The same is true at county level. Again the reason for seeking a different county is to test their ability in a different place -- a lot of prophets haven't been accepted in their own land. Most of course fail if the measure of success is

purely in terms of winning championships or All-Irelands but there are other things that are sometimes disregarded. There is the simple enjoyment of playing, the bonds of friendship, the value in community spirit, the health benefits, the growth in self-confidence. None of these things are necessarily linked to the sole pursuit of winning.

When it comes to the management of a county team, I think it would be better to try and put some monetary value on the activity which would rule out any kind of whispering campaign against outside or inside managers. If a manager of a county side was given something like a basic €10,000 in expenses plus mileage rising to €20,000 if the team get to the latter stages of the championship, it would tie the thing down once and for all. Then there would be no speculation, no side deals with supporters' clubs, and it might also attract a different calibre of management as many simply cannot afford to give the time at the moment. It might also save some counties money.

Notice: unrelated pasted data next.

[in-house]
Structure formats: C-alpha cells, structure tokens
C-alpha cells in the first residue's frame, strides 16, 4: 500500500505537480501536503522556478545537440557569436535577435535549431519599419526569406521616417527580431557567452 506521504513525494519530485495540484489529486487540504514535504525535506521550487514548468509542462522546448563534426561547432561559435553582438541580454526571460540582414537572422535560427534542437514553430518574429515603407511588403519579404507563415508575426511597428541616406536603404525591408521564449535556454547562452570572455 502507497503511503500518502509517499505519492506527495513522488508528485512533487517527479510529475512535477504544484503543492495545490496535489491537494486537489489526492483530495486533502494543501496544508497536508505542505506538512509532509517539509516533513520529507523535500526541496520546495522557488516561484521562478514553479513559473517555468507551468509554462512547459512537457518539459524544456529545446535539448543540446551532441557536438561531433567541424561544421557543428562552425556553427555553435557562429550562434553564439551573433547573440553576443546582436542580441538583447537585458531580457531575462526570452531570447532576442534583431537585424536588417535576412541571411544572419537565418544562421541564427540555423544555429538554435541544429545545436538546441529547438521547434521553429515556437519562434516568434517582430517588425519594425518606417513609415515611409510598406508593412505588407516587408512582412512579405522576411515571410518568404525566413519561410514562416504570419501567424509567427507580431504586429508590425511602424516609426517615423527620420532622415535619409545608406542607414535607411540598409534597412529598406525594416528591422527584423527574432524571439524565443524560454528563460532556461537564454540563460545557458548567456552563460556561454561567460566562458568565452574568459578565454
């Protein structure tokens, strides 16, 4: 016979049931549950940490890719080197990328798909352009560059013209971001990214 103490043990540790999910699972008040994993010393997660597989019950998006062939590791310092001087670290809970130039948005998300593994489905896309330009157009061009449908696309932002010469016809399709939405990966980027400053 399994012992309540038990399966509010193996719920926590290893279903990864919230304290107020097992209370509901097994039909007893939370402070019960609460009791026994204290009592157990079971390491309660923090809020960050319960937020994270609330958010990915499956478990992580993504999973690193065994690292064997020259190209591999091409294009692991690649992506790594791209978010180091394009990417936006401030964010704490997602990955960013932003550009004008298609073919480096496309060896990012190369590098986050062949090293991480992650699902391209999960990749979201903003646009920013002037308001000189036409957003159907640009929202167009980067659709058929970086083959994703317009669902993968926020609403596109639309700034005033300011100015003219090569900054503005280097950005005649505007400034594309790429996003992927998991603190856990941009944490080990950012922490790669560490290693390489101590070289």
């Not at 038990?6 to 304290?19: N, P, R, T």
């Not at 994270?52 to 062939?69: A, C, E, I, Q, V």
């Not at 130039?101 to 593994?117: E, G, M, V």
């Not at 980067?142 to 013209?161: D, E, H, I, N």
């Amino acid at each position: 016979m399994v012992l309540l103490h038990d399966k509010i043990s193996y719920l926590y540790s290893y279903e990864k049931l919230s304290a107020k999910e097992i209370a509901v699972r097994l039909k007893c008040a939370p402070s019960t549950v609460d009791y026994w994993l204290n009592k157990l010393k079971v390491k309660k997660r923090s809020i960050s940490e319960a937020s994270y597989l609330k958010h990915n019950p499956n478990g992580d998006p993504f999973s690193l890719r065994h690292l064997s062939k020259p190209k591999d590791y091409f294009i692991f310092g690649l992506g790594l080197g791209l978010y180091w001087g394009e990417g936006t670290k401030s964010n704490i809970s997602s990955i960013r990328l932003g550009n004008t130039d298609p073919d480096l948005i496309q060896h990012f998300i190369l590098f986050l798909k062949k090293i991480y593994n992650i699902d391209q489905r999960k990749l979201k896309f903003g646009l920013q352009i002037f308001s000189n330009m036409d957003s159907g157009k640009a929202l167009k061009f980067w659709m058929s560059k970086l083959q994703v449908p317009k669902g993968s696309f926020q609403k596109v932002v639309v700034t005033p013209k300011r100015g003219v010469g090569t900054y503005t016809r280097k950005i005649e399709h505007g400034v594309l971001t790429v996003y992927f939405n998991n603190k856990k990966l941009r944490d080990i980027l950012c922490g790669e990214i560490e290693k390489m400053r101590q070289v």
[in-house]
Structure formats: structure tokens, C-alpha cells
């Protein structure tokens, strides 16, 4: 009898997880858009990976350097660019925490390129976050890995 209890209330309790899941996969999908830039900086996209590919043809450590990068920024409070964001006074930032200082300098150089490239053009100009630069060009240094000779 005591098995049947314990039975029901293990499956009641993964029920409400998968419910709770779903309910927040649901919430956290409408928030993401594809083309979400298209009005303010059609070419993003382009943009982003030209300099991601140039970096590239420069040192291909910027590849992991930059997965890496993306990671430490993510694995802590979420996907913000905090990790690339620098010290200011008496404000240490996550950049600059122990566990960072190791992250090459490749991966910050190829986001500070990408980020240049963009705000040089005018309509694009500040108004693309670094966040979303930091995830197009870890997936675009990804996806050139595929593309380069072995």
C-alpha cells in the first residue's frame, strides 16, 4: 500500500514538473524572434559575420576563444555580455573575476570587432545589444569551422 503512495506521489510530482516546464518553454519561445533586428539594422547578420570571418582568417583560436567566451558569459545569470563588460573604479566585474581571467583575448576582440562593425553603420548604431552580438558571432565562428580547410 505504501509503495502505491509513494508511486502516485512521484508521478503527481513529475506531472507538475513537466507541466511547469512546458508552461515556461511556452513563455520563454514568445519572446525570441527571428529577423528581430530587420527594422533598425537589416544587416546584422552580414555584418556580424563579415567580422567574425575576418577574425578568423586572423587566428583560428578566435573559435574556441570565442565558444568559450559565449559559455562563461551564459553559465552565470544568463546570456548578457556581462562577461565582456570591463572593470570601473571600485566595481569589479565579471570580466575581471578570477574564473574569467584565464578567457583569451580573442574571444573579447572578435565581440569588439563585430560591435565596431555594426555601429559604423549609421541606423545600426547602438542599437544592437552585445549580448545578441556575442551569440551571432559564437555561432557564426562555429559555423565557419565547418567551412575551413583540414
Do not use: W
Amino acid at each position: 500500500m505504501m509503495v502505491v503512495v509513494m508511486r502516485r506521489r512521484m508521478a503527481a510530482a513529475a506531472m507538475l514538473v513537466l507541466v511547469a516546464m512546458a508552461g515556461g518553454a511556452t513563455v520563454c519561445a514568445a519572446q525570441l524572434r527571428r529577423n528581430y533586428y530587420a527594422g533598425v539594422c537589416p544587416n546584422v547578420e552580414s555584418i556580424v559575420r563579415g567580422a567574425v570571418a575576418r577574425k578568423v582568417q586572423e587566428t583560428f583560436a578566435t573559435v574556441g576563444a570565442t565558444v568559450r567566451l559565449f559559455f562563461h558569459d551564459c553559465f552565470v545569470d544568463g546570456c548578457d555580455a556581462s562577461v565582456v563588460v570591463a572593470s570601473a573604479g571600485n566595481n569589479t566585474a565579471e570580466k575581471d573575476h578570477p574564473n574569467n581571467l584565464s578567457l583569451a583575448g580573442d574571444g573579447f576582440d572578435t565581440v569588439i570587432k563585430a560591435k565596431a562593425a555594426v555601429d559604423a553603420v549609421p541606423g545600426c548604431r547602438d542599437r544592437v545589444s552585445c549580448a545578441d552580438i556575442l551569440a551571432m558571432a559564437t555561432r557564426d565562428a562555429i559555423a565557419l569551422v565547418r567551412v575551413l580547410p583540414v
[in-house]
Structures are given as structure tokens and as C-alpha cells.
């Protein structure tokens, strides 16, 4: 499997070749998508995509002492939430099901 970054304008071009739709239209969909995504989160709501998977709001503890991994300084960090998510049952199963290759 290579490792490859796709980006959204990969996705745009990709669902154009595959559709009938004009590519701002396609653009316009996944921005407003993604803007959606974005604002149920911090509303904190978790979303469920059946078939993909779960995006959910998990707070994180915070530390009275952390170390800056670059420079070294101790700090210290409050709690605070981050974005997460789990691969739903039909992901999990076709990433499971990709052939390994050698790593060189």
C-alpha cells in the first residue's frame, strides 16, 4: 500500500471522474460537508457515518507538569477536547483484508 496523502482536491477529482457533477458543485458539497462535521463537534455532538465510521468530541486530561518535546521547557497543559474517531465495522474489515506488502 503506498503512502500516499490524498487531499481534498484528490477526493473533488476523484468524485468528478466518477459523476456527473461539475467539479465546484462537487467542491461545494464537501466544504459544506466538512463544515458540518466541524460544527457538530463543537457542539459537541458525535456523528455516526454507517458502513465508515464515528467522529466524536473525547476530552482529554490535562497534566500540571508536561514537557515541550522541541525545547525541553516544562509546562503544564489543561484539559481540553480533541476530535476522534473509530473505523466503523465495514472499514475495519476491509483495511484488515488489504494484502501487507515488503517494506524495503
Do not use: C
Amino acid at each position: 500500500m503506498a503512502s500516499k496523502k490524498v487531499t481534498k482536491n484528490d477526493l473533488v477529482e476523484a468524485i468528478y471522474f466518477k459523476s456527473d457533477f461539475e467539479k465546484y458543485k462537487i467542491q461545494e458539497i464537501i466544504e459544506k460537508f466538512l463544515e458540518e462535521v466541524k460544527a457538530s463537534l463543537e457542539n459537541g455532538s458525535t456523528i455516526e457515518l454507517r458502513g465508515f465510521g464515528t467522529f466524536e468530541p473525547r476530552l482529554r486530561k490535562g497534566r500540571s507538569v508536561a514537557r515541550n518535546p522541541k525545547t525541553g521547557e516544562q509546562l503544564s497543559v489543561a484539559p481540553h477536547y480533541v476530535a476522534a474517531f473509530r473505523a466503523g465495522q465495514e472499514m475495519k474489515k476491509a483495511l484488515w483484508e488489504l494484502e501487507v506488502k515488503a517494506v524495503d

Páraic Duffy might feel that he is trying to nail down something while many of those who are involved in the process are running for cover. In the end, the choice is between an attempt at regulation or no regulation. The recent conduct of our unsupervised banks should make that a simple enough choice. Far better to try some form of intervention which can be amended in time than doing nothing at all.